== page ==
172@29@17@248!~!172@29@0@53!~!|news|trends|health-trends|non-covid-hospitalisation-insurance-claims-near-pre-lockdown-levels-report-5696051.html!~!news|moneycontrol|com!~!|controller|infinite_scroll_article.php!~!is_mobile=false
Moneycontrol
Subscribe to PRO at just Rs.33 per month. Use code SUPERPRO
you are here: HomeNewsTrendsHealth
Last Updated : Aug 13, 2020 09:58 PM IST | Source: Moneycontrol.com

Non-COVID hospitalisation insurance claims near pre-lockdown levels: Report

During the first four months of the lockdown, health insurance claims had lowered since policyholders were putting on hold elected procedures like cataract and knee-replacement surgeries.

Insurance claims for both COVID-19 and non-COVID-19 hospitalisation have started picking up after a near four-month slowdown. The number of claims due to the COVID-19 outbreak crossed 1.5 lakh (Rs 2,000 crore in value), while the number of non-COVID claims reached close to pre-lockdown levels, according to a report by The Times of India.

During the first four months of the lockdown, health insurance claims had lowered since policyholders were putting on hold elected procedures like cataract, knee-replacement surgeries, The Times of India reported.

Close

The average claim size has risen 25 percent, the report said.

COVID-19 Vaccine

Frequently Asked Questions

View more
How does a vaccine work?

A vaccine works by mimicking a natural infection. A vaccine not only induces immune response to protect people from any future COVID-19 infection, but also helps quickly build herd immunity to put an end to the pandemic. Herd immunity occurs when a sufficient percentage of a population becomes immune to a disease, making the spread of disease from person to person unlikely. The good news is that SARS-CoV-2 virus has been fairly stable, which increases the viability of a vaccine.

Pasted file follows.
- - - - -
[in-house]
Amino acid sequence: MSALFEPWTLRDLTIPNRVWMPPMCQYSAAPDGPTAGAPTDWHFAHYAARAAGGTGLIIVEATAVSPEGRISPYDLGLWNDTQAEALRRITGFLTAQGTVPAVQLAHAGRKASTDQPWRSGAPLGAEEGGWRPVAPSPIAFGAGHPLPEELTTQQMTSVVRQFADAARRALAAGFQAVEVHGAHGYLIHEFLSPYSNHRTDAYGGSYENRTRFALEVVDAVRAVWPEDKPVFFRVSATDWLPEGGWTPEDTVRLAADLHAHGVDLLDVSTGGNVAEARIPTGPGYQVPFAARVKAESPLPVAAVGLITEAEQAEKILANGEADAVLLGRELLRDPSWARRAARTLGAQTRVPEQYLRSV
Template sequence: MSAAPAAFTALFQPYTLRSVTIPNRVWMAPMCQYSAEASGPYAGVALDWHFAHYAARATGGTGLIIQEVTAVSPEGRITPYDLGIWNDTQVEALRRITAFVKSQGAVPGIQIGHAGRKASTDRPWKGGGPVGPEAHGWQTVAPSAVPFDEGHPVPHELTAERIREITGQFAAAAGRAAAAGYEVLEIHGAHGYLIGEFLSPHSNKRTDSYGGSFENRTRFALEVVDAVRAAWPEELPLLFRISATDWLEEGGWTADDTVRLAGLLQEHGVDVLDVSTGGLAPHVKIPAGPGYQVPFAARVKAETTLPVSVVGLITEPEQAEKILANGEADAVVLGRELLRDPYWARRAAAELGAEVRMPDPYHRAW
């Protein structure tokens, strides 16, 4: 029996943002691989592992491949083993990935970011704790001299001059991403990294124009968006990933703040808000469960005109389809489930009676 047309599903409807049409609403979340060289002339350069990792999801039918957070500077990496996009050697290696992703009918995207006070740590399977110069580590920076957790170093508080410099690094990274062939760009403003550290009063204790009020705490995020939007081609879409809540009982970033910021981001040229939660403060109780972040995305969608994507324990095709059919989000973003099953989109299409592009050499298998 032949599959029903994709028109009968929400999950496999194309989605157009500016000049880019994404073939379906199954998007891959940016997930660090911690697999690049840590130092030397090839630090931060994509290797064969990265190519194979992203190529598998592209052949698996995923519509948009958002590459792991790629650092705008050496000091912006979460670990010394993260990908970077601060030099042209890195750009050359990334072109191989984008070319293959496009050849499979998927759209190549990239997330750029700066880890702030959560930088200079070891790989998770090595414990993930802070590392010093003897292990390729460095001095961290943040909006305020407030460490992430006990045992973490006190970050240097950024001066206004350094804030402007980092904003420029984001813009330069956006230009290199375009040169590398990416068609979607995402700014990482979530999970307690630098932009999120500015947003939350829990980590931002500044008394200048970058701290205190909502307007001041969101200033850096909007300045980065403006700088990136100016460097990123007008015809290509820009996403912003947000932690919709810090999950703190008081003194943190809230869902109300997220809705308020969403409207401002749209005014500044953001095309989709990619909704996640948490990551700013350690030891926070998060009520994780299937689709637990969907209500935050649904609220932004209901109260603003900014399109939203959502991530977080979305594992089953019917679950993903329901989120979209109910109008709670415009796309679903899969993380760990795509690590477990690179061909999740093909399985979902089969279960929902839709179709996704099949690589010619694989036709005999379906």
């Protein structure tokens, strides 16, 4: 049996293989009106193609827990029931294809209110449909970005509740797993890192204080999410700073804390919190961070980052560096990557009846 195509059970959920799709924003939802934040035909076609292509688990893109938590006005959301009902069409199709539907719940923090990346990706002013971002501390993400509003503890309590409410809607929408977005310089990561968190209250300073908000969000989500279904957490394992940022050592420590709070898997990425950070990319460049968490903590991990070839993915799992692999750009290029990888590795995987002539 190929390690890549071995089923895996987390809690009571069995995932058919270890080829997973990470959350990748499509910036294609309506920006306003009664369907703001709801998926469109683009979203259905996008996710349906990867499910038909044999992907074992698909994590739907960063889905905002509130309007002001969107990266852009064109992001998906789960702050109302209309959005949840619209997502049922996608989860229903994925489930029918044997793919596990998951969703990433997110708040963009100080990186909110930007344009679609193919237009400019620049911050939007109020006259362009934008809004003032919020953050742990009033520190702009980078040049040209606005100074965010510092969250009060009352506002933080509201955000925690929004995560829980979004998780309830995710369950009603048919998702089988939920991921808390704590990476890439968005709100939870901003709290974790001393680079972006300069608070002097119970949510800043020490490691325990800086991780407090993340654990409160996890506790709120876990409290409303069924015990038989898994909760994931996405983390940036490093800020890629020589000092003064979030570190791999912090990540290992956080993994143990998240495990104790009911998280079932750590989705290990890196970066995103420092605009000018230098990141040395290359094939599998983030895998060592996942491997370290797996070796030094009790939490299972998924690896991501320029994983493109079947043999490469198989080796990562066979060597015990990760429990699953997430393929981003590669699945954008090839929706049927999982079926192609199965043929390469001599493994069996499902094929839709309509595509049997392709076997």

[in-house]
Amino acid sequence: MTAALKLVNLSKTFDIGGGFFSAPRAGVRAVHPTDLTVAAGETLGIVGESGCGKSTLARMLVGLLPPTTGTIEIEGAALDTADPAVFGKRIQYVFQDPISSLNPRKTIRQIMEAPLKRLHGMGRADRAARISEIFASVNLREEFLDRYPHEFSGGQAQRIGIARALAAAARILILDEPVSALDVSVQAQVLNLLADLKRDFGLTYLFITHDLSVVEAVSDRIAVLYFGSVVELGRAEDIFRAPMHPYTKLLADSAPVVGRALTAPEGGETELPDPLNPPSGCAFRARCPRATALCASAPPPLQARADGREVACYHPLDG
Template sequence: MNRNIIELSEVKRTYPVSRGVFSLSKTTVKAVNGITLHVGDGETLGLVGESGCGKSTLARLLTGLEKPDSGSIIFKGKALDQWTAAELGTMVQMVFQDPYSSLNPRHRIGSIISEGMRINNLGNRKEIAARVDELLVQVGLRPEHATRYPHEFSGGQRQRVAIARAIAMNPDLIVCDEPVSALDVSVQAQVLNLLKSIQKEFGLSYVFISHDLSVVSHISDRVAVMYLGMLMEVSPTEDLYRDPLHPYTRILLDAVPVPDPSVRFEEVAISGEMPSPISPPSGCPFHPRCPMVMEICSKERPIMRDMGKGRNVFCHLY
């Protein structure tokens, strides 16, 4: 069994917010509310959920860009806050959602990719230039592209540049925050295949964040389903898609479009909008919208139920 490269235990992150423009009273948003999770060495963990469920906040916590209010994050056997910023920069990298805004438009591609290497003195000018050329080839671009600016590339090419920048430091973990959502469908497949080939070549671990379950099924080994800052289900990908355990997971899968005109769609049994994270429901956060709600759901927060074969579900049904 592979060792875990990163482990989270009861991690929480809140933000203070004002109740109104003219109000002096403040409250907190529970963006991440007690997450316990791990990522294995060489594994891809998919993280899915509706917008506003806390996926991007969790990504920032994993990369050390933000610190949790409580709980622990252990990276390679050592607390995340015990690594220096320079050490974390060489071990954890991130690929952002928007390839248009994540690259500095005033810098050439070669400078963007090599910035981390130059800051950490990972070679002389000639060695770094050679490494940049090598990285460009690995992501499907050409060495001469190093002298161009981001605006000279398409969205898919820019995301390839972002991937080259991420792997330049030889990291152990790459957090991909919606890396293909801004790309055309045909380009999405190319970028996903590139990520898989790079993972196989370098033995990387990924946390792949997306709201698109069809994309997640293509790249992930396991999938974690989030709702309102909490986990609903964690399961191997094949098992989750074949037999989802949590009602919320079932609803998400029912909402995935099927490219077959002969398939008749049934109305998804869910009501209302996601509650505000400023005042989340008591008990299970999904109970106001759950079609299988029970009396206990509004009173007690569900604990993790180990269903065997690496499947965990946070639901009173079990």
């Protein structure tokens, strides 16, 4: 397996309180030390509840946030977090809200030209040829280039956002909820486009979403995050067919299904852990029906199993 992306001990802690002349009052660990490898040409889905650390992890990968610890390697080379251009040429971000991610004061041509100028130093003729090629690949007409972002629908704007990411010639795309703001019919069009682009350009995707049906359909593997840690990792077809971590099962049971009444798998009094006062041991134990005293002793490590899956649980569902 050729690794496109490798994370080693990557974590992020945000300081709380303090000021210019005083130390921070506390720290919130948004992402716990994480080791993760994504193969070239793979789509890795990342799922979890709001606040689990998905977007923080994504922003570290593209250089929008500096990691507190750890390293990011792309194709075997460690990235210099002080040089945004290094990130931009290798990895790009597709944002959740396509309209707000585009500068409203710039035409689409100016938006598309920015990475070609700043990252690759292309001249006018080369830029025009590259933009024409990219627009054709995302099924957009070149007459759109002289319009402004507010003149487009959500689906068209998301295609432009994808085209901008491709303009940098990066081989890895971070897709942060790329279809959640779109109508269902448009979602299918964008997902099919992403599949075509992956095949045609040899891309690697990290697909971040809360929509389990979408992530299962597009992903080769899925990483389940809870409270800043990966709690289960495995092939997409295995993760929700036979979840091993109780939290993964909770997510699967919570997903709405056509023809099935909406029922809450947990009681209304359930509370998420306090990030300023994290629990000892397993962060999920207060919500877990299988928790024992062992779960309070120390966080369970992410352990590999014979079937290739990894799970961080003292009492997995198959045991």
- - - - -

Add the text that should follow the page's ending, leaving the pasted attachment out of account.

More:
How many types of vaccines are there?

There are broadly four types of vaccine — one, a vaccine based on the whole virus (this could be either inactivated, or an attenuated [weakened] virus vaccine); two, a non-replicating viral vector vaccine that uses a benign virus as vector that carries the antigen of SARS-CoV; three, nucleic-acid vaccines that have genetic material like DNA and RNA of antigens like spike protein given to a person, helping human cells decode genetic material and produce the vaccine; and four, protein subunit vaccine wherein the recombinant proteins of SARS-COV-2 along with an adjuvant (booster) is given as a vaccine.

What does it take to develop a vaccine of this kind?

Vaccine development is a long, complex process. Unlike drugs that are given to people with a diseased, vaccines are given to healthy people and also vulnerable sections such as children, pregnant women and the elderly. So rigorous tests are compulsory. History says that the fastest time it took to develop a vaccine is five years, but it usually takes double or sometimes triple that time.

View more
Show

Moneycontrol could not independently verify the story.

There was also a decline in hospitalisation for accidental injury or non-COVID infectious diseases due to the lockdown, the report added.

Another reason for the drop in health insurance claims was that most of the treatment was being done at government hospitals, the report said.

Suryanarayanan V, Cholamandalam MS General Insurance Managing Director, told the publication that after Unlock 1.0 began in June, insurance claims climbed to 85 percent from 50 percent in April-May, and returned to the previous average in July.

"We saw non-COVID claims fall sharply in April. However, the rate of these claims doubled in June and again in July. Today, we have close to about 20 lakh claims as markets and malls have opened up," Max Bupa Health Insurance director Bhabatosh Mishra told the paper.
First Published on Aug 13, 2020 04:14 pm
Sections